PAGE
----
Take the Test: Do You Know Your Heart Age?
This simple test can determine whether your heart age matches your actual age
Just how old is the old ticker? Well, it only takes 20 minutes to find out thanks to the AngioDefender, a new medical device now available in Canada. The device determines the age of your cardiovascular system by measuring your risk for developing cardiovascular disease, vascular dementia and inflammatory disease. It does this by testing your endothelium function, the best-known biomarker for early-stage cardiovascular disease.
Your endothelium is the inner lining of your blood vessels, and how well this lining functions predicts your vascular age. The test is conducted with the help of a nurse, who first asks a series of simple questions (sex, age, height, weight, smoking habits) before sliding a blood pressure cuff onto your arm. In addition to measuring your blood pressure, it also uses a pulse wave technology to measure your endothelium cell function, realized with a flow-mediated dilation (%FMD) score. The cuff is tightened and released to get accurate measurements before occluding your artery for 300 seconds. The pressure is released as it measures how quickly the blood rushes back to your fingers. Your heart age is calculated based on your %FMD score, blood pressure, body mass index score, cholesterol levels, as well as individual habits like smoking.
Early-stage dysfunction of your endothelium includes an inflammation of the blood vessel lining, resulting in a low %FMD score. Mid-stage dysfunction includes indications of plaque formation and calcium build-up in the lining of the blood vessels, resulting in higher blood pressure and cholesterol, while late-stage can mean blood clots in the lining, resulting in eventual blockage of the artery, causing chest pain, heart attack or stroke.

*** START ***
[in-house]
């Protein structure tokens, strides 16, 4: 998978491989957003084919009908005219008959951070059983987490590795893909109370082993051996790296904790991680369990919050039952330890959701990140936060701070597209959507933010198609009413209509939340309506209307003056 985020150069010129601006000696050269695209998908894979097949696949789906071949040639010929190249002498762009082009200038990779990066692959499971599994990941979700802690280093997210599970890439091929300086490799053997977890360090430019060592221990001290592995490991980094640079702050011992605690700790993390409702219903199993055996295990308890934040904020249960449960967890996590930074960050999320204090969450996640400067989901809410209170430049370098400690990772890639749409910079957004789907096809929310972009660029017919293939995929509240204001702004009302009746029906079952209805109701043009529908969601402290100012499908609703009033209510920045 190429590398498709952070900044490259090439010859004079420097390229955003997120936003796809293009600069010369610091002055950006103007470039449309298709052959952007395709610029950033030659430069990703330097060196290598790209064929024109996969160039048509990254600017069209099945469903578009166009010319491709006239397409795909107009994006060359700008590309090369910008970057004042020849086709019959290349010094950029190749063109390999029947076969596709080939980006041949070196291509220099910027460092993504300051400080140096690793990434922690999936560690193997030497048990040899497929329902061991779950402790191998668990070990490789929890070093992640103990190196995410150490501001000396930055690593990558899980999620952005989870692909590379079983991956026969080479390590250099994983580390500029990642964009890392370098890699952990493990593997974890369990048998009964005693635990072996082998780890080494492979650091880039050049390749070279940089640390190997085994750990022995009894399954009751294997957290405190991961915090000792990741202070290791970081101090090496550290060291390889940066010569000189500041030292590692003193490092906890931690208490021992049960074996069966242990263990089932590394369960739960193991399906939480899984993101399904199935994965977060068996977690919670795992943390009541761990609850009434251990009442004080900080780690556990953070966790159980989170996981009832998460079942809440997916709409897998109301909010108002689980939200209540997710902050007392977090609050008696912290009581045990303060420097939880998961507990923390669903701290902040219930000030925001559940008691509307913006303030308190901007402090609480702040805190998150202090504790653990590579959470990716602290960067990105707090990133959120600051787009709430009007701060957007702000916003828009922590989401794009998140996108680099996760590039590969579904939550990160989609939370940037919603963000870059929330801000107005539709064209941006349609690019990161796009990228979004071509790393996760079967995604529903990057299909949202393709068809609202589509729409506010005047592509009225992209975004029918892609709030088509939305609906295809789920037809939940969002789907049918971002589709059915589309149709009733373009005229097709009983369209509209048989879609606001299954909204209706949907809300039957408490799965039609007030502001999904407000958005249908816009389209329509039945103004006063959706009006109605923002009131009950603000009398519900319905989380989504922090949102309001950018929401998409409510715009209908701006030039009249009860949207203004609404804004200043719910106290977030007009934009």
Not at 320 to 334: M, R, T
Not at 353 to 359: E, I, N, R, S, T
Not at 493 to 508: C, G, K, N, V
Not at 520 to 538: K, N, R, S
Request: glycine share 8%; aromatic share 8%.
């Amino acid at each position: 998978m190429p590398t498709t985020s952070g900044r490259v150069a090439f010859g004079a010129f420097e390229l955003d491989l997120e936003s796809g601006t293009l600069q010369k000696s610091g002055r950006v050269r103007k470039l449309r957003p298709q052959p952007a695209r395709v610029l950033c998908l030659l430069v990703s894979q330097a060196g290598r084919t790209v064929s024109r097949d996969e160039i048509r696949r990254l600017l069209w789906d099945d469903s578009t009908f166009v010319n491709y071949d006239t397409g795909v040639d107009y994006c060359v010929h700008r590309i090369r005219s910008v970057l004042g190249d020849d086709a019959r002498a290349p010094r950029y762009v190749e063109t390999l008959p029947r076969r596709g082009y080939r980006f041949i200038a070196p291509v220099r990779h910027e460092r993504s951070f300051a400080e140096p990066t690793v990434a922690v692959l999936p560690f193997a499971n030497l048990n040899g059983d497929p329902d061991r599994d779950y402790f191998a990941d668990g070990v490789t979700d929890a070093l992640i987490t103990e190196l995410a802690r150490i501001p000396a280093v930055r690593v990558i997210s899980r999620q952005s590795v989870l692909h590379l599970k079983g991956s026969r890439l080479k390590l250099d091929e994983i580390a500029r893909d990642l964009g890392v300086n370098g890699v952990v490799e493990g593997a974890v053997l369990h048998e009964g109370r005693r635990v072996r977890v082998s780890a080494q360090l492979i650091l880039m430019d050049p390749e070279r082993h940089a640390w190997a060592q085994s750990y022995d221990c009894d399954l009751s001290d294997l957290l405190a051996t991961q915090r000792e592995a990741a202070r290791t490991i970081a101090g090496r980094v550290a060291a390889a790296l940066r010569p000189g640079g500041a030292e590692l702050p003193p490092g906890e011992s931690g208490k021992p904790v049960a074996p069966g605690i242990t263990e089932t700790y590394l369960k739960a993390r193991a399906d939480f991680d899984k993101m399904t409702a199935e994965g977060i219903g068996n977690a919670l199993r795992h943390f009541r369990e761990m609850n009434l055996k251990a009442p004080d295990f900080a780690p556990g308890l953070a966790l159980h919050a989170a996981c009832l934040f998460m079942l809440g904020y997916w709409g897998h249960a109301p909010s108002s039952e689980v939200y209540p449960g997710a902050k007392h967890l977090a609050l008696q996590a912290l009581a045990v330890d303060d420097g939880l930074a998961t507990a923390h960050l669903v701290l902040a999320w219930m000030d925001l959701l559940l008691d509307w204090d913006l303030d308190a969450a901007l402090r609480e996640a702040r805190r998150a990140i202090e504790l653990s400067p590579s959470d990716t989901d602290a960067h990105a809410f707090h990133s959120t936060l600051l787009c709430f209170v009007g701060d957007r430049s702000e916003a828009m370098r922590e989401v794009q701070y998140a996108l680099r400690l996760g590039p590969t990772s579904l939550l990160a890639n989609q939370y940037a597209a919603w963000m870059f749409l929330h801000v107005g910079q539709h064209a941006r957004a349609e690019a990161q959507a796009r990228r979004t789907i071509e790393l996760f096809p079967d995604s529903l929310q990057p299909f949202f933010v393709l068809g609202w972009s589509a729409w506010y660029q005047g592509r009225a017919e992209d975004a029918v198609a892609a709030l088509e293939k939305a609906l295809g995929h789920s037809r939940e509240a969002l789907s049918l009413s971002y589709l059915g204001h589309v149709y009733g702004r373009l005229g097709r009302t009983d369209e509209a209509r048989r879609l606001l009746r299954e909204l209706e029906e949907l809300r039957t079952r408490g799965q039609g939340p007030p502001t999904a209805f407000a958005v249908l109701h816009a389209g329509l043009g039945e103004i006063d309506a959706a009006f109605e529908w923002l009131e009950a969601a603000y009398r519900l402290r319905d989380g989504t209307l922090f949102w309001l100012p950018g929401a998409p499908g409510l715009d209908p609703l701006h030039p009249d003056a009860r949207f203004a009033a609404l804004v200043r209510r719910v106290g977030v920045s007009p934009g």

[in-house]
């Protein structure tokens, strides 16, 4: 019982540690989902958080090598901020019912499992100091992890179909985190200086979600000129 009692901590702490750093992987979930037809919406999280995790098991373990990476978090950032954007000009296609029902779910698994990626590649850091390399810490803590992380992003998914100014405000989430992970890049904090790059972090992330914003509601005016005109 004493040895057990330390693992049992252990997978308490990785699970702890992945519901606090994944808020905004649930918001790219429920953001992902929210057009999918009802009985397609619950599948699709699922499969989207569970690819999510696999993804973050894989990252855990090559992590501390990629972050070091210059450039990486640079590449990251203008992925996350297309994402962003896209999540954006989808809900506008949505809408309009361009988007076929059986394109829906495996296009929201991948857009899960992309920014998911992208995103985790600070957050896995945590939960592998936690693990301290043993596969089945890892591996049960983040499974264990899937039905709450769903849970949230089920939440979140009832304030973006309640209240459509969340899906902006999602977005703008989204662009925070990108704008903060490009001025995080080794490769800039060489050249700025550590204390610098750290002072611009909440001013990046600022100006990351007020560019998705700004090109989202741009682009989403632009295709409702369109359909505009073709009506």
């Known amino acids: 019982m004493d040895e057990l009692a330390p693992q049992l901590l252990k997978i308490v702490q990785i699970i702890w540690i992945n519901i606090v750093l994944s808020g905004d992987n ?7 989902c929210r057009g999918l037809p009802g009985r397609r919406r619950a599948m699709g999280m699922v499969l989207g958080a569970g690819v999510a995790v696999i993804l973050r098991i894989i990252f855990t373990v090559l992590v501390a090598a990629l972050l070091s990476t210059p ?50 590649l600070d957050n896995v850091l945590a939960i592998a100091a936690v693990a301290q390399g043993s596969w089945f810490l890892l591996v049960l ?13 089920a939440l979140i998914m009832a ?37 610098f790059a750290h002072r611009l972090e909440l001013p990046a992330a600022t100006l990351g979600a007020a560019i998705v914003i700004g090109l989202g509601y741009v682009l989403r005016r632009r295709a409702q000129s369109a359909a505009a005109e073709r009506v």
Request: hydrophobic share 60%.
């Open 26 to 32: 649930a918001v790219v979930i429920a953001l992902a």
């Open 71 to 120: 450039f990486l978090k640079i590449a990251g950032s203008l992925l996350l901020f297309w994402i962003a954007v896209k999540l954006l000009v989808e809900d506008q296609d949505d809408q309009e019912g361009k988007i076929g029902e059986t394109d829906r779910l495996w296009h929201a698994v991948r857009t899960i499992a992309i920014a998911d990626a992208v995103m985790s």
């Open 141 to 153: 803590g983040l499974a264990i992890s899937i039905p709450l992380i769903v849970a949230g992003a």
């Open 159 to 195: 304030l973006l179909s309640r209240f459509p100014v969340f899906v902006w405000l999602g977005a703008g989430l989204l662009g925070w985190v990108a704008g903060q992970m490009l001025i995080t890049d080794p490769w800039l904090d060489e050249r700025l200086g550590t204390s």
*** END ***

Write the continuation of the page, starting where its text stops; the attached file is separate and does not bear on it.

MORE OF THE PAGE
By finding out how old our heart is, we can assess our risk and make changes to our lifestyle in order to improve our heart health. Adding more exercise, quitting smoking, and adding more foods that contain flavonoids are just a couple of things that can go a long way to improving our cardiovascular health.
Not only is this non-invasive test quick, it’s cost-effective, too. An entry-level test starts at $80. Other ways to determine your risks of cardiovascular disease are invasive (brachial artery catherization), not accurate enough (Framingham risk score), or too costly (brachial artery ultrasound, when purchased privately at a hospital, can cost upwards of $1,000).
Right now, AngioDefender tests are currently available in Toronto, Mississauga, Windsor and London. Visit closingthegap.ca/angiodefender to book a test. There are plans in place to have the test available at healthcare facilities across Canada in 2017.